KABUL (Pajhwok): Afghan government has said that any peace talks aimed at bringing peace and stability to Afghanistan should be Afghan-led and Afghan-owned and regional countries must support the government of Afghanistan in its quest for sustainable peace.
The views were expressed by Afghan foreign ministry’s spokesman here after a regional conference on Afghan peace and reconciliation efforts in Moscow held on April 14. Russia, China, India, Iran, Pakistan, Kazakhstan, Uzbekistan, Tajikistan, Turkmenistan, and Kyrgyzstan participated in a meeting of regional consultations hosted by the Russian Federation in Moscow.
The discussion also highlighted regional concern about the multiplicity of security threats—including terrorism, radicalism, and criminality (drug production and trafficking)—which undermine Afghanistan’s stabilization and sustainable development with negative security and economic implications for the whole region and the rest of the world.
In order for Afghanistan to further institutionalize its hard-earned gains of the past 16 years, the Afghan delegation noted the importance of consistent efforts by the Government of Afghanistan to achieve peace through a political dialogue with all Afghan armed groups, including the Taliban, provided that they accept Afghanistan’s basic conditions for reaching a genuine, sustainable peace, said the foreign ministry spokesman Ahmad Shakib Mustaghni.
Afghan delegation underlined the some key principles to help guide ongoing regional efforts in support of Afghanistan, he added.
First, there is no substitute for state-to-state cooperation, which must underpin all regional efforts to help the Government of Afghanistan reach peace with those Afghan armed groups, including the Taliban, who are genuinely willing to enter an irreversible political settlement.
Second, sincere regional cooperation is essential for ensuring that joint peace efforts will bear the results Afghanistan and the region ultimately seek. And that means an end to the suffering of the Afghan people that would enable them to further consolidate our hard-earned gains of the past 16 years, in continued partnership with the international community.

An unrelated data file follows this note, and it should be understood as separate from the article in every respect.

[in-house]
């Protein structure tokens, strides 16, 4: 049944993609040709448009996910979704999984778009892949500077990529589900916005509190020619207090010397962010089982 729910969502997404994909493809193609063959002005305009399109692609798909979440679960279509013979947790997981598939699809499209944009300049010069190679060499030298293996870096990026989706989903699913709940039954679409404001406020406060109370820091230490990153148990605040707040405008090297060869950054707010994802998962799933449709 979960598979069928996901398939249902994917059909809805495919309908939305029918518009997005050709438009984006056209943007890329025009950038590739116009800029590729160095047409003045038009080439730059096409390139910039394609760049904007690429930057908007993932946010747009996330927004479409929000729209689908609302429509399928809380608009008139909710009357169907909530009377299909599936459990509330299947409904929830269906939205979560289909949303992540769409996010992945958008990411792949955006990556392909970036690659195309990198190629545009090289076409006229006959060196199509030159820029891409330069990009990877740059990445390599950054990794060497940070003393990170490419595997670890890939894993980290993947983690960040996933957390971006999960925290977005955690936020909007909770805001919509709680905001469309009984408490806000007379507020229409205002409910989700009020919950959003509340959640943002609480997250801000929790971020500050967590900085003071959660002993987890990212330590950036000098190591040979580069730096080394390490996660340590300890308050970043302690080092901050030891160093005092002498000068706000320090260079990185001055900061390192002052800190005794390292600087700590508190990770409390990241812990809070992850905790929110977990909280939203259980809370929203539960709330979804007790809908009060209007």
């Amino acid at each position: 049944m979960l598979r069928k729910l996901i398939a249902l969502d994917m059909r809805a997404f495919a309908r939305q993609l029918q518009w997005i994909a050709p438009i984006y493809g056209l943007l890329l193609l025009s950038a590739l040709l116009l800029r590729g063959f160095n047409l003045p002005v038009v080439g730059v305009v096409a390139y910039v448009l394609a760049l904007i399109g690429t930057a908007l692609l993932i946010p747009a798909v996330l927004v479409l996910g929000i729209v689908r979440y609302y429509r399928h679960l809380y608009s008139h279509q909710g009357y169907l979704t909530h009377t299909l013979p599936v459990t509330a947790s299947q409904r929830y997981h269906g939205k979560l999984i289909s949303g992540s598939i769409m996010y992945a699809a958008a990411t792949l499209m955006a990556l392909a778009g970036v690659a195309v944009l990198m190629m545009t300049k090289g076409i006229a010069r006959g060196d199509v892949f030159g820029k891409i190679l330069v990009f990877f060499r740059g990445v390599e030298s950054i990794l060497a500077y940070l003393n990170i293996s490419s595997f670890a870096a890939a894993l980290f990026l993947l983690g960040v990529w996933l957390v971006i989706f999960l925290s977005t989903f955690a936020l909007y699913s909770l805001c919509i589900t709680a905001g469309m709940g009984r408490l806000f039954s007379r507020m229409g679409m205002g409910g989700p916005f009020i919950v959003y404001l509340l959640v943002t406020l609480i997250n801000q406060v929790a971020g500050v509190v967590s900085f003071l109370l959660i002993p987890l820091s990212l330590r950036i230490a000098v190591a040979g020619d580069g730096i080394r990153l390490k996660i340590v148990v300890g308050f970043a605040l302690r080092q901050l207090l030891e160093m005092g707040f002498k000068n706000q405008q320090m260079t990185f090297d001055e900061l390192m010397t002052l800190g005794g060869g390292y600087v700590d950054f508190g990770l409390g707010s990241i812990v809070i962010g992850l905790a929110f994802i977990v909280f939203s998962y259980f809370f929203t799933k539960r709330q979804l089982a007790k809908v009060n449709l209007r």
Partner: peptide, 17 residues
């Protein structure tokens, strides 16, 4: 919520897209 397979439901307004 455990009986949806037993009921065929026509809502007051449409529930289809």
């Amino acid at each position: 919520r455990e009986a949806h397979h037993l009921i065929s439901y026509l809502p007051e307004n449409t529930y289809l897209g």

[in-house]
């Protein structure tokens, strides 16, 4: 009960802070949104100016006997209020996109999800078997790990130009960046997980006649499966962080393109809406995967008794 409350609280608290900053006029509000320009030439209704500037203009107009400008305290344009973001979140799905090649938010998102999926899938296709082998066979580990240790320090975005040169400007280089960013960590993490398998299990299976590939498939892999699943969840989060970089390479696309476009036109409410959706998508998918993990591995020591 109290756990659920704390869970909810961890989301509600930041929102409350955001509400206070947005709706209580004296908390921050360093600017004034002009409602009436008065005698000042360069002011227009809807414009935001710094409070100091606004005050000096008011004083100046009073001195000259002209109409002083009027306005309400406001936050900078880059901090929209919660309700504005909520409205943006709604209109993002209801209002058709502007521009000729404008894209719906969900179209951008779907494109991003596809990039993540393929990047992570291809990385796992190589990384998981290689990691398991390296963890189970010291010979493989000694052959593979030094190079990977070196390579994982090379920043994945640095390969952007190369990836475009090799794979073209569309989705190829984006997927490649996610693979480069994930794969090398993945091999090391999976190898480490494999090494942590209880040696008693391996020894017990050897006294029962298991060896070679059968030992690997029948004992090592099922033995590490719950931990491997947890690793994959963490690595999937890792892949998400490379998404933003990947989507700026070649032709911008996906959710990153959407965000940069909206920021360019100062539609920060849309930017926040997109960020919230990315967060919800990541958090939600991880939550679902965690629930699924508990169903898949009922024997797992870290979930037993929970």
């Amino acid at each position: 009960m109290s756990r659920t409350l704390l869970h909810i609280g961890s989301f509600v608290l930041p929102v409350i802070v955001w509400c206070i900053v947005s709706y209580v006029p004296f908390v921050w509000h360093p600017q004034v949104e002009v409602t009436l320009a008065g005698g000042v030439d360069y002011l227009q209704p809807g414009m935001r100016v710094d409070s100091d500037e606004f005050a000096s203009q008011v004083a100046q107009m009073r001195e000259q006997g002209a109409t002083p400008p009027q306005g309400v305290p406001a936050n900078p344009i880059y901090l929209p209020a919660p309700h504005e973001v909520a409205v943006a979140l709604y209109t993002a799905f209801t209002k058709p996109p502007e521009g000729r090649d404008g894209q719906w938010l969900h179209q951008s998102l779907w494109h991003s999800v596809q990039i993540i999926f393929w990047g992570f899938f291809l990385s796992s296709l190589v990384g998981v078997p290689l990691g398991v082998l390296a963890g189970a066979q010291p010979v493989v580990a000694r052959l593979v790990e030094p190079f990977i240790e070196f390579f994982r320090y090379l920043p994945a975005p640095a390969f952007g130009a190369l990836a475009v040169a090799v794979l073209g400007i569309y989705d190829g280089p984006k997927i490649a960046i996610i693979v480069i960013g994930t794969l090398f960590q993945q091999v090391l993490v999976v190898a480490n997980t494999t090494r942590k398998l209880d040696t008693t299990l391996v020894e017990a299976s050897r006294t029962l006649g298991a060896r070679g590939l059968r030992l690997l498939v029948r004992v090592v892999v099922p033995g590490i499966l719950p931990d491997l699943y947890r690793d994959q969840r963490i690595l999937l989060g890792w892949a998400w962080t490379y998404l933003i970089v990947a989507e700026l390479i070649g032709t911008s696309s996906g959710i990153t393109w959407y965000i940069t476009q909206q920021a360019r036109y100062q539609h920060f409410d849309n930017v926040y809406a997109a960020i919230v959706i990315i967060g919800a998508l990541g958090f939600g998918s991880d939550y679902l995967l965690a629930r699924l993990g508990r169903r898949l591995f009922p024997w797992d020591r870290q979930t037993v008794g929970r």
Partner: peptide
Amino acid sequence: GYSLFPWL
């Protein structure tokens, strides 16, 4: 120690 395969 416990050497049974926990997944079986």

Third, regional consensus on the long-term stabilization of Afghanistan as a common good is emerging. This must continue to evolve and translate into concrete steps to be taken by each of the regional and global stakeholders, in support of an Afghan-led and Afghan-owned peace process.
Fourth, Afghanistan rejects duplicity and selectivity in defining terrorism. This means that regional counter-terrorism efforts must mirror those of national counter-terrorism action plans adopted for implementation by Afghanistan’s neighbors, including Pakistan.
A majority of the country-participants agreed with the Afghan position: That the region should reach to a concrete consensus on Afghanistan and send a strong message to the Taliban that the way forward is dialogue and not violence.
Afghanistan offered to host the next round of regional consultations in Kabul, which most of the country-participants welcomed and agreed to participate. The dates of the Kabul meeting would be announced and communicated to all invitees.
Mr. M. Ashraf Haidari, Director-General of Policy & Strategy of the Ministry of Foreign Affairs, lead the Afghan delegation.